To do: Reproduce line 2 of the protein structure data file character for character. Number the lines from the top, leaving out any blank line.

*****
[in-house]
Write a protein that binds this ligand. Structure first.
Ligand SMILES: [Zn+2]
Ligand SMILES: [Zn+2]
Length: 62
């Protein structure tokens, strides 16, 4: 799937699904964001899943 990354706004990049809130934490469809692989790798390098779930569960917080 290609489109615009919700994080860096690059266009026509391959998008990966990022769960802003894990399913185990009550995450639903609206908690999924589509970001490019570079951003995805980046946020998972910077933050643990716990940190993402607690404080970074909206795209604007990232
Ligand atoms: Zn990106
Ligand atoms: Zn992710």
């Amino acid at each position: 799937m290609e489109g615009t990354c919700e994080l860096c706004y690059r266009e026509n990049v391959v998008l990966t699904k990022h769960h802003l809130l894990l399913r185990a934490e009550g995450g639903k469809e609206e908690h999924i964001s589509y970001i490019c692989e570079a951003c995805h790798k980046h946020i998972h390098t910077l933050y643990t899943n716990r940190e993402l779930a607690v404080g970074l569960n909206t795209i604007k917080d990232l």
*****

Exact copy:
Write a protein that binds this ligand. Structure first.